Addressing city council Tuesday night, Bethlehem city controller George Yasso said he was “not satisfied yet” with findings that revealed an alleged financial scheme by the city’s former finance director, and the investigation is ongoing.
Last week, the Northampton County district attorney’s office announced the city’s former finance director, Mark Sivak, faces charges of felony theft, receiving stolen property and other offenses. Sivak was fired from his post the week before.
An investigation from the city controller’s office found Sivak allegedly bought electronics via the city’s PayPal account, resold them and pocketed more than $12,600. Sivak also allegedly spend another $2,500 in city funds on audio equipment, virtual reality headsets and other items for his personal use.
The investigation by the controller’s office began in January when employees noticed unusual activity on a city-owned financial account.
Yasso said the office has not yet uncovered additional evidence of financial schemes or fraud on city accounts. But he added that Sivak’s actions were “not a lucrative scheme” and questioned why Sivak would risk his job and criminal charges for it.
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“It begs the question, what else is there? Is this the tip of the iceberg? Yasso said. “I can assure everybody that it is an ongoing investigation, I personally am not satisfied yet.”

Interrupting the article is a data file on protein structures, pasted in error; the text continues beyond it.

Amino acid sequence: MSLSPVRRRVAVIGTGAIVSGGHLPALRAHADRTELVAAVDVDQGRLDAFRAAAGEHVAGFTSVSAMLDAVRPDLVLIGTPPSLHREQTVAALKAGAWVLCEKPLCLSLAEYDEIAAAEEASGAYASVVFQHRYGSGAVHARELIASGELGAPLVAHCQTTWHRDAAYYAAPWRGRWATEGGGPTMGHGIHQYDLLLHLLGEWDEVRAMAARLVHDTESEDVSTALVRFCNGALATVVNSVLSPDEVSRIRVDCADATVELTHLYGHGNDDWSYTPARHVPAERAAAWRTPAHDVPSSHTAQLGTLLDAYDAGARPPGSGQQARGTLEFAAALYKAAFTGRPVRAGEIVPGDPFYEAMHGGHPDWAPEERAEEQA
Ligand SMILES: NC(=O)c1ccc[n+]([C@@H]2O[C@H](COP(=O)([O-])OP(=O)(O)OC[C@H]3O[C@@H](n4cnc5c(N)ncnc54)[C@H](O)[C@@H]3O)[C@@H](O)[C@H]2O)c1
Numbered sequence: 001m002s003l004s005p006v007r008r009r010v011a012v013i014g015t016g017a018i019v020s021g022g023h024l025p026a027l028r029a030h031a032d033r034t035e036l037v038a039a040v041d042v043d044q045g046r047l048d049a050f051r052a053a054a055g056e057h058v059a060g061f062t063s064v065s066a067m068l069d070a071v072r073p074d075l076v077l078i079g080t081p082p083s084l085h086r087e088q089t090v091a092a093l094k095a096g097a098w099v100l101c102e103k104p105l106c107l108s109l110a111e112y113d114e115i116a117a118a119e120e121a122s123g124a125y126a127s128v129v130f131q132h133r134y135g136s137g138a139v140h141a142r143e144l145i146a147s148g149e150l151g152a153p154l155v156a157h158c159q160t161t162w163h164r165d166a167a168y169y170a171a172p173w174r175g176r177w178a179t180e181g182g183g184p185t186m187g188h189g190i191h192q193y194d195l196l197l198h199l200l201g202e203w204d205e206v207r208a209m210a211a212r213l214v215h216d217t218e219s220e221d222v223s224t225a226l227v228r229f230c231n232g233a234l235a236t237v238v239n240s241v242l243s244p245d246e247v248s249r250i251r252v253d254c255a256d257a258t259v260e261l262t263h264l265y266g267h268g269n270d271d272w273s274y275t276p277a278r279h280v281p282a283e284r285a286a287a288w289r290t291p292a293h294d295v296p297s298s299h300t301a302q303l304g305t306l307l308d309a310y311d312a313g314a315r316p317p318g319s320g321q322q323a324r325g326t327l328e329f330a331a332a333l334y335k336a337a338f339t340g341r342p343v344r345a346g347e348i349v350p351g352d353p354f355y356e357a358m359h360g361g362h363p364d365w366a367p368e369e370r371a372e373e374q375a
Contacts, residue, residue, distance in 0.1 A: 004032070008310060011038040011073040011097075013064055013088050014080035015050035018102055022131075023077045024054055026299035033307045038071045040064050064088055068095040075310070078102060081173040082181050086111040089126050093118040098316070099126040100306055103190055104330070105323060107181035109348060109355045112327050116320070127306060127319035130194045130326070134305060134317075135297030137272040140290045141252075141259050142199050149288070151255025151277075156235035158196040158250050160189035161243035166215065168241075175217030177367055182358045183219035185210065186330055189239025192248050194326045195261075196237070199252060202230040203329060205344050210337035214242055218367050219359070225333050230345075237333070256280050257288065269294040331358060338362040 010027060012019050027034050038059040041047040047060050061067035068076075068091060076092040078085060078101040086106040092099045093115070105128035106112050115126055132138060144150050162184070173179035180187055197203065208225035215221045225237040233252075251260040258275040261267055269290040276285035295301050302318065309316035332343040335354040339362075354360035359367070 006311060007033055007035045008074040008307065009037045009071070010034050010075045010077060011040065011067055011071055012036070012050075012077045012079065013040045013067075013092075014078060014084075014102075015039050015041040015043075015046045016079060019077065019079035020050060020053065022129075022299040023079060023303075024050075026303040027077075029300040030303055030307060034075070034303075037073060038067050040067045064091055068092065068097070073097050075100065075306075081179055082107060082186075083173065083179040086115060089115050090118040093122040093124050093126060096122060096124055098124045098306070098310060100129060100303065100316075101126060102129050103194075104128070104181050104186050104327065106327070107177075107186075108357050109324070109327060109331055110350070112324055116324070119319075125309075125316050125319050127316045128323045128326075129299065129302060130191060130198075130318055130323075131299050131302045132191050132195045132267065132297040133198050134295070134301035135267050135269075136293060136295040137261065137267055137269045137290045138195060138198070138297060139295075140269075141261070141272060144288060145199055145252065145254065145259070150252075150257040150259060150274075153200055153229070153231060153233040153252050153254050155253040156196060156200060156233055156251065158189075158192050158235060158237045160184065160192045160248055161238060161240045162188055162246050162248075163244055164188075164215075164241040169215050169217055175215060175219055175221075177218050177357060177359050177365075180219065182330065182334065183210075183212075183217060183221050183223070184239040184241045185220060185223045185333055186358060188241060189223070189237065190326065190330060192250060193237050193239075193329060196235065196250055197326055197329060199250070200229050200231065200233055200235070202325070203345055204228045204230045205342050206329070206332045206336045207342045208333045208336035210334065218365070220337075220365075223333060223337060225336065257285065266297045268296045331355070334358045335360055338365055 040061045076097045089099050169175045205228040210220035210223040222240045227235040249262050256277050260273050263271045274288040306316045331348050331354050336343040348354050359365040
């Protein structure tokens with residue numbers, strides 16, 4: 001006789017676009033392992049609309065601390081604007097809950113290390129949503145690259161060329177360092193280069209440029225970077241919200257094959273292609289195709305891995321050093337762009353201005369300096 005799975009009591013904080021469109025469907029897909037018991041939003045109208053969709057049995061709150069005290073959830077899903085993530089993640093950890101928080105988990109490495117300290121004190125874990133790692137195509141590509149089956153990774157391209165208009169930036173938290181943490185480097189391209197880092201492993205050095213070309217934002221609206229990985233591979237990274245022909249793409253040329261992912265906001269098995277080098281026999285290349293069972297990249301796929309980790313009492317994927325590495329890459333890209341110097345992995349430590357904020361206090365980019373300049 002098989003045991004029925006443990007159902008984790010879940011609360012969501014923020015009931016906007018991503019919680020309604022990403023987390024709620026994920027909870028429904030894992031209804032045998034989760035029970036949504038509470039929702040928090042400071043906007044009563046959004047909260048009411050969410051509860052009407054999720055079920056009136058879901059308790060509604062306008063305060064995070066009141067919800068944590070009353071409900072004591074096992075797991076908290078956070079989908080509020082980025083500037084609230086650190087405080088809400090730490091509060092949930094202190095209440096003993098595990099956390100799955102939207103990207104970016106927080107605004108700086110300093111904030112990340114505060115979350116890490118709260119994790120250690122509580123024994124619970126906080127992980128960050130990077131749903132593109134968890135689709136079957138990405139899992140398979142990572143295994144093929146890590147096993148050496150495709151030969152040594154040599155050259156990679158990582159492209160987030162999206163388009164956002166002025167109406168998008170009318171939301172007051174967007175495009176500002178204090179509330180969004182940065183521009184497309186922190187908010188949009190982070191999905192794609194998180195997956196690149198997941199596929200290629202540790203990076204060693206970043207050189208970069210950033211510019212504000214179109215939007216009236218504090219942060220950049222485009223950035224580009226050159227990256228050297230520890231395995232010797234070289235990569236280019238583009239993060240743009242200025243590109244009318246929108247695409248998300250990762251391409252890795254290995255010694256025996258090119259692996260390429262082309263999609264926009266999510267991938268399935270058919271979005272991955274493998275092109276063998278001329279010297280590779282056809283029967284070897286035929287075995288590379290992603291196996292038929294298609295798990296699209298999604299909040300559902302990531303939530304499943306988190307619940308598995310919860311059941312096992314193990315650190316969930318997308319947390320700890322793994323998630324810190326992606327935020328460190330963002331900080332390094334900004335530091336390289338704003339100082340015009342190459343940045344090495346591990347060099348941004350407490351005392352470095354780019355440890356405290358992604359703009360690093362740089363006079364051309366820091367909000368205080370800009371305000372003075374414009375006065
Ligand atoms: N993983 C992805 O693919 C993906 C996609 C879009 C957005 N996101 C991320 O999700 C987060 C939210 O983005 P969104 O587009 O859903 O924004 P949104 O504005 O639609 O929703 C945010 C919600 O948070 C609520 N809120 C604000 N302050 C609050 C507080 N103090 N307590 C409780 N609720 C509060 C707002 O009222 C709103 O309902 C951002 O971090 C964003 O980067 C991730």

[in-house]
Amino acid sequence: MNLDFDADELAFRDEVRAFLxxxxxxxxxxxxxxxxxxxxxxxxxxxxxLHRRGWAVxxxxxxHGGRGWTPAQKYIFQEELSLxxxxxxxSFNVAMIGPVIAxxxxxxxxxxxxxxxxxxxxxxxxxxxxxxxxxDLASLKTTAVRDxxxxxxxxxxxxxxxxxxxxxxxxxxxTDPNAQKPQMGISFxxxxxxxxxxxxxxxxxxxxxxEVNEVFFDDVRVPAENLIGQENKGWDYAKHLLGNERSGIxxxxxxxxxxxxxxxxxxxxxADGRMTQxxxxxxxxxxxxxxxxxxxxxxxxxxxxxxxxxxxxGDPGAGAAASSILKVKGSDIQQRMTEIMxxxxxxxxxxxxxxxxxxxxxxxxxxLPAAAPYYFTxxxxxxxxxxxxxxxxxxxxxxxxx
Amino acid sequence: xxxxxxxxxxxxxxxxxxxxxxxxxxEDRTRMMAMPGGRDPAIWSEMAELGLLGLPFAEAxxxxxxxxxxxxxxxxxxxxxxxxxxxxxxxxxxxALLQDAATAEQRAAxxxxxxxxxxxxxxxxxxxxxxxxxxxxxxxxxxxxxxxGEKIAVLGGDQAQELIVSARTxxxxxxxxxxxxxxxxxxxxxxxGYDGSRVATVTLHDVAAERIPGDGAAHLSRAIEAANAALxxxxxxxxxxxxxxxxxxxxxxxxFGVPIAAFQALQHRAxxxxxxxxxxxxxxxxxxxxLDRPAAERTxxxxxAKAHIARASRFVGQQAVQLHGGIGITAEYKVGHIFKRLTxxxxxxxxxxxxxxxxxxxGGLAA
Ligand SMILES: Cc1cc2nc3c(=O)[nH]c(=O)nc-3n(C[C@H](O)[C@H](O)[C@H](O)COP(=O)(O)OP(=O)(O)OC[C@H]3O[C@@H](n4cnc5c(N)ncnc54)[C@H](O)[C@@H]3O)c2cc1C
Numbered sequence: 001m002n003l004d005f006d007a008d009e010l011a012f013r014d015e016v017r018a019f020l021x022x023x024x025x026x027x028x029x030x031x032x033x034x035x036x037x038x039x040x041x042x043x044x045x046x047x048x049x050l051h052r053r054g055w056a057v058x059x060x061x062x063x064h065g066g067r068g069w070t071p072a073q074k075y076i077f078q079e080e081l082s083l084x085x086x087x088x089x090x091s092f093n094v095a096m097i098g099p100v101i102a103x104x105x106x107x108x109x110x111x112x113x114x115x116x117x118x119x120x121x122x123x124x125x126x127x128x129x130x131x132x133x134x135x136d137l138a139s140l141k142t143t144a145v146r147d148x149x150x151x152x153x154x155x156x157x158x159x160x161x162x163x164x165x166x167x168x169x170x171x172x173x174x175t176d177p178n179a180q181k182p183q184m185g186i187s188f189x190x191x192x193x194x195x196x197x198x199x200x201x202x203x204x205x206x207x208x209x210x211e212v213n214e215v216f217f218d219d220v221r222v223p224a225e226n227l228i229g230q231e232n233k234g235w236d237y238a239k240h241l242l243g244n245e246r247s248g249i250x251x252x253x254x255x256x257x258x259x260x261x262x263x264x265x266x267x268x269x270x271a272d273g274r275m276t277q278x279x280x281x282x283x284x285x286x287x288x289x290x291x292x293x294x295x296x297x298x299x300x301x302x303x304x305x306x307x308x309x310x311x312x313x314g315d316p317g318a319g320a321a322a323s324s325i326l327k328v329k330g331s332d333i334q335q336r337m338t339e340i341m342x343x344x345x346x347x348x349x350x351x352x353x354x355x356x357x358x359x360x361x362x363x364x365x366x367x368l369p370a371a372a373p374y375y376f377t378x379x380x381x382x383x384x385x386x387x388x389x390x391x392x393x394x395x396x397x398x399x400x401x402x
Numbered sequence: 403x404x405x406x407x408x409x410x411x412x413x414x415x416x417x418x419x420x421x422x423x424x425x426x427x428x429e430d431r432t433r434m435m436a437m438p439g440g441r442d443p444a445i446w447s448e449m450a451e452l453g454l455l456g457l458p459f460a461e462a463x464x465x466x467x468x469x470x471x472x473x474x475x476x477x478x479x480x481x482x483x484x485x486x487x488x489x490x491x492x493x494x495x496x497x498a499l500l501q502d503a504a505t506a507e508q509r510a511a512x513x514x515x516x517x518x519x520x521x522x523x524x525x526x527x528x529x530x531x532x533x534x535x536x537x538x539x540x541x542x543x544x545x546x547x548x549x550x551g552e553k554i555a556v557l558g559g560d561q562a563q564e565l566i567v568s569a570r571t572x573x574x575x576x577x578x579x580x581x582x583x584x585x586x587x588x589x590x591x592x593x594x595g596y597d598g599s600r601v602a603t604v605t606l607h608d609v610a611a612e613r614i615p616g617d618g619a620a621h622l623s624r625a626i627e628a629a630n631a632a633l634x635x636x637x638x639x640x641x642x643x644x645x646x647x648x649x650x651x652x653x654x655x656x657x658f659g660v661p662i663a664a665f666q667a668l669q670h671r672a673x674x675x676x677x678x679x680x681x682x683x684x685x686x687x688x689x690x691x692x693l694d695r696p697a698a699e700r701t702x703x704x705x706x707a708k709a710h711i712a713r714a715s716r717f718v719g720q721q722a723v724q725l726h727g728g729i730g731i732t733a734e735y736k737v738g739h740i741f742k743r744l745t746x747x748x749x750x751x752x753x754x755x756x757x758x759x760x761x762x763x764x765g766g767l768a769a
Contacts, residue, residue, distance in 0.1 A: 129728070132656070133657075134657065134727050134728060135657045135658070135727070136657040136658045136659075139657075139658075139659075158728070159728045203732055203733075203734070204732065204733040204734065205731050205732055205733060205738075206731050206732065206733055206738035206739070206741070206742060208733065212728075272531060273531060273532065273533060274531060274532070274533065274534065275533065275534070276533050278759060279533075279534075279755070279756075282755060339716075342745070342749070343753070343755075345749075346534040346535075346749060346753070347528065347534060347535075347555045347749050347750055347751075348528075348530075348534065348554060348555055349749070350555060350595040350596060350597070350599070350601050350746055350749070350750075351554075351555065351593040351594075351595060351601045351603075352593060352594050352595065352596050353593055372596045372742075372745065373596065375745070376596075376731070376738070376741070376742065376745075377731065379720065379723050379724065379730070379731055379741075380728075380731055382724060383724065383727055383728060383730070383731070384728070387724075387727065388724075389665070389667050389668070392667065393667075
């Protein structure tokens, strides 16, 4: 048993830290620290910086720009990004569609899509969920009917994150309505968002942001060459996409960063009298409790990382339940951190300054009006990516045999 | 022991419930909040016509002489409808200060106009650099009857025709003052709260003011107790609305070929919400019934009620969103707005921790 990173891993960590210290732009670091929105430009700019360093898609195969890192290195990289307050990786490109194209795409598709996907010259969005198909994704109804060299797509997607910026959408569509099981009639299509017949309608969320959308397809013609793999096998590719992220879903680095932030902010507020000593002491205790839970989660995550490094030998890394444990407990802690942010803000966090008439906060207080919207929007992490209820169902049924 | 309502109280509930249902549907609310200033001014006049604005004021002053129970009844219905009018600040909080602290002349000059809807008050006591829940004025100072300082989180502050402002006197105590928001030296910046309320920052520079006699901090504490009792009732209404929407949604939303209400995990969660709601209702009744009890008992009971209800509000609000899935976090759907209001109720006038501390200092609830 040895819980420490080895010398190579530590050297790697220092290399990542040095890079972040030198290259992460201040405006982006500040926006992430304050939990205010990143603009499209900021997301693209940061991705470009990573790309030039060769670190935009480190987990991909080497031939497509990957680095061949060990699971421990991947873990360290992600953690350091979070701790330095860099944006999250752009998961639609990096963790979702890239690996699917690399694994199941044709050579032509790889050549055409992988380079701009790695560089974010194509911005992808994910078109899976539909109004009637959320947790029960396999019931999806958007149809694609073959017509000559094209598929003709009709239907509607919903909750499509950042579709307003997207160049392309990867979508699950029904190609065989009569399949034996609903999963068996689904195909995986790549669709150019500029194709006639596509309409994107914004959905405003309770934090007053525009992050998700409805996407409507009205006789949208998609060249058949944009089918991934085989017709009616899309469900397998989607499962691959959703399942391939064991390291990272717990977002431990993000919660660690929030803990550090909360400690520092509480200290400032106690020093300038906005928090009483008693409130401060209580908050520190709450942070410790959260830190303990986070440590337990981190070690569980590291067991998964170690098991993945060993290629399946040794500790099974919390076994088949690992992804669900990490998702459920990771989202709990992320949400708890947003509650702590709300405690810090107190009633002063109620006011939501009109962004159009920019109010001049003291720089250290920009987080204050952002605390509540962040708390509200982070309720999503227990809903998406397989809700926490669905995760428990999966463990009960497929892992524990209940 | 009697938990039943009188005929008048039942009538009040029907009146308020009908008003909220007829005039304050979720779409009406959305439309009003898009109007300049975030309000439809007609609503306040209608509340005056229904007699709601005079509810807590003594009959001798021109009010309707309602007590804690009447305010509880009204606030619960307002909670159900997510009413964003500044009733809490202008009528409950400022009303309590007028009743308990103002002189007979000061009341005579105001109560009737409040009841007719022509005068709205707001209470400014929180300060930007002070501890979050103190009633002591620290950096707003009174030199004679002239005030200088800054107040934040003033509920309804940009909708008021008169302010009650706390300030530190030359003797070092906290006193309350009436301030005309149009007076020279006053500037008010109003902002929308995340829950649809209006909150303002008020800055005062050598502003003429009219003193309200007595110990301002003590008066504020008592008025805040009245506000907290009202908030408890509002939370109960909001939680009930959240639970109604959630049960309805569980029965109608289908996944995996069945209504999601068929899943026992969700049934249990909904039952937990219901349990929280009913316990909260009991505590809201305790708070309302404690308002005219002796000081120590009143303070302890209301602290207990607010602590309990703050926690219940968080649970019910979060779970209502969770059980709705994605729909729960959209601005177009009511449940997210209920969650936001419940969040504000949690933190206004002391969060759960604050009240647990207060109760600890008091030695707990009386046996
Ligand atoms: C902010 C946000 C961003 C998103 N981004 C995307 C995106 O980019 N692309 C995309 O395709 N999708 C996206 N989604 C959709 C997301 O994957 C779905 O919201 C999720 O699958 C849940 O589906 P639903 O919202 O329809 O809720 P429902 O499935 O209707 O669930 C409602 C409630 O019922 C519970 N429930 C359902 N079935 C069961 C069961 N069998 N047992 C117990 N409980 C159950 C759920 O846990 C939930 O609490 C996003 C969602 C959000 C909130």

The ongoing investigation involves the district attorney, the Bethlehem Police Department, the controller’s office and independent auditors, Yasso said.
Yasso added that the city does not regularly use its PayPal account for day-to-day transactions. Activity on the city’s PayPal account first began in 2012, when the city used PayPal for a fundraiser for the steelworker’s memorial. It was next used again in 2019, when it was linked to a city account to pay Bechtold Orchards and the Bethlehem Area School District for a seasonal farmstand outside of city hall.
The account was only ever used as a “pass-through vehicle” for funds to be moved to the appropriate city account, Yasso said.
“The alleged actions have done so much to damage the level of trust that a community can have in its local government, and I hope the fact that he was caught and caught internally at least begins to repair the faith that the public should have,” Yasso said.
The city controller’s office is responsible for audits and investigations into the city’s finances and is independent from the city administration.
Sivak was hired by the city in March 2007. He worked for Allentown from 2003-07 as an accountant supervisor and was previously a member of the Saucon Valley School Board.